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Pediatr Neurol. 2001 Feb;24(2):129-34.

Long-term sleep disturbances in adolescents after minor head injury.

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Sleep Laboratory; Rambam Medical Center and Technion--IIT, Haifa, Israel.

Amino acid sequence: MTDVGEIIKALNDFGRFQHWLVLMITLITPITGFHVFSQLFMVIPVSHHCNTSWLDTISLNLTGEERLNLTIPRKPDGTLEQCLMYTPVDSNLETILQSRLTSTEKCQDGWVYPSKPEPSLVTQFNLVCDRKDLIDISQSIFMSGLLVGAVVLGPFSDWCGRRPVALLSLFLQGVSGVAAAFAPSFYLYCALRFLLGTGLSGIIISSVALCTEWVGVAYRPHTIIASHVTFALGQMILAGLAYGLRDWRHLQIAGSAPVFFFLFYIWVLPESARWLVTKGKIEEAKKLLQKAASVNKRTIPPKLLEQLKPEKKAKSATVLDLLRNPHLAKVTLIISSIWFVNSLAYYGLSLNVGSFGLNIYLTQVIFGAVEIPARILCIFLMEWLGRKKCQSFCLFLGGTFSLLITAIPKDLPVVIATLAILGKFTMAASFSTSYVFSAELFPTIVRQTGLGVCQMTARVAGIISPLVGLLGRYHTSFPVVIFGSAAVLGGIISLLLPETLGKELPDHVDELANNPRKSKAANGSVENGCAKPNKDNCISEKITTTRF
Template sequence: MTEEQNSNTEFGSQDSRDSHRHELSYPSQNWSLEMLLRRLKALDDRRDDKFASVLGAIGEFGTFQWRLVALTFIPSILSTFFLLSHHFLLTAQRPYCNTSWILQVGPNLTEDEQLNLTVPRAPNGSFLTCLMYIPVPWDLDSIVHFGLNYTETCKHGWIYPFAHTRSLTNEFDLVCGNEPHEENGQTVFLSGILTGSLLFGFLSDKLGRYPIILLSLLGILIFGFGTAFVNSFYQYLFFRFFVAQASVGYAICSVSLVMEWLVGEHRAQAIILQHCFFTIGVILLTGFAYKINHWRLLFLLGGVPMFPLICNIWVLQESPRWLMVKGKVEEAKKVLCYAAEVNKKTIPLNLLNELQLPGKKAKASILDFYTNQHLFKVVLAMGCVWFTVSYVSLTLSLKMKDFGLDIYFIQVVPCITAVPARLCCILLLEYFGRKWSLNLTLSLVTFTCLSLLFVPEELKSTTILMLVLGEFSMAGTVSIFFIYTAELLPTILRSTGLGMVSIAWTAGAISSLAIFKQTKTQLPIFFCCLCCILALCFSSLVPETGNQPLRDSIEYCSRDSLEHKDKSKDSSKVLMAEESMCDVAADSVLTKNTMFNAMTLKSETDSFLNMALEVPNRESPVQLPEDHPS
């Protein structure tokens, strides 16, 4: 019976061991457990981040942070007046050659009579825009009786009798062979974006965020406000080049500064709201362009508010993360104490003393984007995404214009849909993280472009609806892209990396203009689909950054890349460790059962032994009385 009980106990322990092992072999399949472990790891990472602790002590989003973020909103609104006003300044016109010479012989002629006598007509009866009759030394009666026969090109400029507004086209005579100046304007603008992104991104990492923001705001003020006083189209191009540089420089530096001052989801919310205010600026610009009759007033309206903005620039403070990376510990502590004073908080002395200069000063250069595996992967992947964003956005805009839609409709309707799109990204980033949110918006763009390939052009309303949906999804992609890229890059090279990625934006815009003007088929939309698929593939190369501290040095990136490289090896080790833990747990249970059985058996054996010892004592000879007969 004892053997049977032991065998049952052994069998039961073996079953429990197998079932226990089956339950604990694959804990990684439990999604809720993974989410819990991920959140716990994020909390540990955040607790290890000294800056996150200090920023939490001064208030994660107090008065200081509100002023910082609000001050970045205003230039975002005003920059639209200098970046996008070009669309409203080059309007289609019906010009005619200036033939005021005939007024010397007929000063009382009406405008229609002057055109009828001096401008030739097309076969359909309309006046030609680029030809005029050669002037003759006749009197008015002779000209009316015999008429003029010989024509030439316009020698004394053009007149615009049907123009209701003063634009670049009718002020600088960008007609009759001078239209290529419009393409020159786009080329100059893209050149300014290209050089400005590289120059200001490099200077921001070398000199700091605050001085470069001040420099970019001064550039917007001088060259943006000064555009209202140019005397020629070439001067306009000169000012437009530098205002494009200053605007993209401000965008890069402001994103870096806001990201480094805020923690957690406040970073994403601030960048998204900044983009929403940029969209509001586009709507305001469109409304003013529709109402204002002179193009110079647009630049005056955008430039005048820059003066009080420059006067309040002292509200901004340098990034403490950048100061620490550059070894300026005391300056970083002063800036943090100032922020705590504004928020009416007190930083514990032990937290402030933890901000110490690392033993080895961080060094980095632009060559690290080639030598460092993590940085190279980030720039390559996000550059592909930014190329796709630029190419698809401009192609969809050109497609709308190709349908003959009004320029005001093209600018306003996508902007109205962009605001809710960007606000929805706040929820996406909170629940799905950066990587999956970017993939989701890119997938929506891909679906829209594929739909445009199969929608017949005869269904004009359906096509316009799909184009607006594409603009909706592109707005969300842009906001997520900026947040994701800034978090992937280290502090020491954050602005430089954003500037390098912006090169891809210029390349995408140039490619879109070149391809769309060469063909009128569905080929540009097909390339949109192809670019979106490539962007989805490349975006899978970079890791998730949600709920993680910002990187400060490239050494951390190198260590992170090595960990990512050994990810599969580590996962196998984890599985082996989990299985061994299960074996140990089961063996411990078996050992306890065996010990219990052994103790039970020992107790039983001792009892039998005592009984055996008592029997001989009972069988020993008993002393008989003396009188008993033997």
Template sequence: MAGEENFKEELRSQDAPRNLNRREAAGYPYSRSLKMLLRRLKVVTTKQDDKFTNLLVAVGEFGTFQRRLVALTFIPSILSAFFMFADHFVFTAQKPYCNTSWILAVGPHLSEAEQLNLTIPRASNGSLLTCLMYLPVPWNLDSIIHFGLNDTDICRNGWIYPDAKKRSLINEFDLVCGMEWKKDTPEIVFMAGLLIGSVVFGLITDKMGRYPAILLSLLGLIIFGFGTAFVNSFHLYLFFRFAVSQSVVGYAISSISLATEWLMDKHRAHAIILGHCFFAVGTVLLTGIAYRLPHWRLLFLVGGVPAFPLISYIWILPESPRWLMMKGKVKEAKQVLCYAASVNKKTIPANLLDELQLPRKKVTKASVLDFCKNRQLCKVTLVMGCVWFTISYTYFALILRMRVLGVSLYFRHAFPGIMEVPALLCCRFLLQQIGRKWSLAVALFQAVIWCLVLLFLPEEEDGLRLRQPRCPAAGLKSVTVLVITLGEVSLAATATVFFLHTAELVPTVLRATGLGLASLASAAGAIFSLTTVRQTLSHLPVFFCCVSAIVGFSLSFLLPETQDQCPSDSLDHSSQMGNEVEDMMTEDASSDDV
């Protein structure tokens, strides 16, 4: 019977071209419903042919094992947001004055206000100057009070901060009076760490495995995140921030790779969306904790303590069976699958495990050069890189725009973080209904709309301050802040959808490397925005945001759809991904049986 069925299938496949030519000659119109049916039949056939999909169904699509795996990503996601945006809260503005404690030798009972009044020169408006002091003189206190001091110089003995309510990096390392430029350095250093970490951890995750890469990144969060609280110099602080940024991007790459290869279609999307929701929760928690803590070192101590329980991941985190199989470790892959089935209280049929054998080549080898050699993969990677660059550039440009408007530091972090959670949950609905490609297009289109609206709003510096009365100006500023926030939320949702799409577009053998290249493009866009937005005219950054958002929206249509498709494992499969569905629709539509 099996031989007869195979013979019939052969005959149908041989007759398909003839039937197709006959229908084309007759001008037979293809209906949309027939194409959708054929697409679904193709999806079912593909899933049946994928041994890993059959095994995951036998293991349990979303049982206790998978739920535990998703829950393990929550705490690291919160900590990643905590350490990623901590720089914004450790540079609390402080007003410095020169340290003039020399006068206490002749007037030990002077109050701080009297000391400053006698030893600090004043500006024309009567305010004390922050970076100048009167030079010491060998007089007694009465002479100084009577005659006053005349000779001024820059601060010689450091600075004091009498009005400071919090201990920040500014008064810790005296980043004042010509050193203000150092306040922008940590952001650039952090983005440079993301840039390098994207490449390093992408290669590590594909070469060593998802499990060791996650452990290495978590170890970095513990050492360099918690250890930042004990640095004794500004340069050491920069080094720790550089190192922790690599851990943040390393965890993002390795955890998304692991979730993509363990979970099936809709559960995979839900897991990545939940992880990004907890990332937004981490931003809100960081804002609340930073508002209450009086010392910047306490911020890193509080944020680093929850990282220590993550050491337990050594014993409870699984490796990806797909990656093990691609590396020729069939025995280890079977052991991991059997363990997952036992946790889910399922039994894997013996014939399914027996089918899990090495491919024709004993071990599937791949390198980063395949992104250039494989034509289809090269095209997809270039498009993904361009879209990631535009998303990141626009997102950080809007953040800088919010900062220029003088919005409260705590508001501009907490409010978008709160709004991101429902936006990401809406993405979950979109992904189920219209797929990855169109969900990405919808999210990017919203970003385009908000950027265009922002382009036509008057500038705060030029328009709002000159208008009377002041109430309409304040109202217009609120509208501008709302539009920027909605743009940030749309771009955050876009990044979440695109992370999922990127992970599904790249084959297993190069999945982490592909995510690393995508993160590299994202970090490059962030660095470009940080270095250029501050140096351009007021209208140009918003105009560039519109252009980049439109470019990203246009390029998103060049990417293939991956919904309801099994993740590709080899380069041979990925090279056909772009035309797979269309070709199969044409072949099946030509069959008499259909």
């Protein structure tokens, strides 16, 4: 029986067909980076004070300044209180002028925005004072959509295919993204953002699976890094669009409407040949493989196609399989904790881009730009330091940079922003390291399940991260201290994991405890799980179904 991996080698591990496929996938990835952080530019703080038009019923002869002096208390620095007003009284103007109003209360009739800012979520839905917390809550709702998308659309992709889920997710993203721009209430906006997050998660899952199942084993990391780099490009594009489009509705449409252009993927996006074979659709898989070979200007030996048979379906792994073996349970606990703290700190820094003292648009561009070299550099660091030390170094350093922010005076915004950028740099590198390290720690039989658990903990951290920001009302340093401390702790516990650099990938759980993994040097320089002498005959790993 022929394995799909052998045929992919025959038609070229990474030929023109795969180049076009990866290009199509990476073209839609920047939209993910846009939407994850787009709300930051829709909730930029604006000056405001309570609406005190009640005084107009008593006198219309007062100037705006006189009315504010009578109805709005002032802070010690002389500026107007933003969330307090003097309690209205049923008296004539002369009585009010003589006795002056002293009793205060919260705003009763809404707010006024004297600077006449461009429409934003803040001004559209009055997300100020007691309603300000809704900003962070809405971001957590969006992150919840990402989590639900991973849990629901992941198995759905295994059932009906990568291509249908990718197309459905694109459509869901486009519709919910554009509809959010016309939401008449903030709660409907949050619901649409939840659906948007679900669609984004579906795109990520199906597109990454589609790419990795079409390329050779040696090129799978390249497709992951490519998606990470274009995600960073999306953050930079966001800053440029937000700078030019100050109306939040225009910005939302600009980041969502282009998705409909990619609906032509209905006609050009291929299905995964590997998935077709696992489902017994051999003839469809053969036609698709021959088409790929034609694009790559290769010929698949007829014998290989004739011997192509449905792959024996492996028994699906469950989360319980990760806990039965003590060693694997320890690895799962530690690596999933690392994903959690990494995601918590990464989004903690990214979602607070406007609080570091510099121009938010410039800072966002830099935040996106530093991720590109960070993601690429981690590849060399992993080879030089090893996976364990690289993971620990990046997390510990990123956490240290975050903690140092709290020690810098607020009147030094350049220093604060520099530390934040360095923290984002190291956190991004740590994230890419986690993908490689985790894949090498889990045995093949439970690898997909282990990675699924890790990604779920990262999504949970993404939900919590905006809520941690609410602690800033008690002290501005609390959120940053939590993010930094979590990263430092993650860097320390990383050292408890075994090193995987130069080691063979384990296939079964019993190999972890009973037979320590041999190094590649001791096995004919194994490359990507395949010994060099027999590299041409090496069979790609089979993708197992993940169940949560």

It has been demonstrated that patients in the acute phase after minor head injury (MHI) complain of sleep disturbances. The purpose of the present study was to characterize the long-term effects of MHI on sleep in adolescents. Nineteen adolescents who had suffered MHI 3 years before the study and had complained of sleep disturbances completed a sleep questionnaire and were investigated in the sleep laboratory by whole-night polysomnographic recordings and were actigraphically monitored for 5 days at home. Questionnaire results revealed severe complaints regarding sleep behavior. Polysomnographic recordings revealed that in comparison with controls, MHI was associated with lower sleep efficiency (79.8 +/- [9.8]% vs 87.7 +/- [6.8]%; P < 0.005), with more wake time (10.6 +/- [9.0]% vs 3.4 +/- [4.4]%; P < 0.005), and with more awakenings lasting more than 3 minutes (2.1 +/- [1.5] vs 0.6 +/- [0.8]; P < 0.005). These findings were confirmed by actigraphic monitoring that revealed lower sleep efficiency (90 +/- [5]% vs 94 +/- [3]%; P < 0.05), more minutes of wake time (49 +/- [21] min vs 28 +/- [15] min; P < 0.05), and a trend toward more awakenings longer than 5 minutes (1.8 +/- [0.8] vs 1.2 +/- [0.8]; P = 0.063). Our data demonstrated that 3 years after MHI without any discernible clinical sequel, adolescents still complain of sleep disturbances that could be confirmed by both polysomnographic and actigraphic monitoring.

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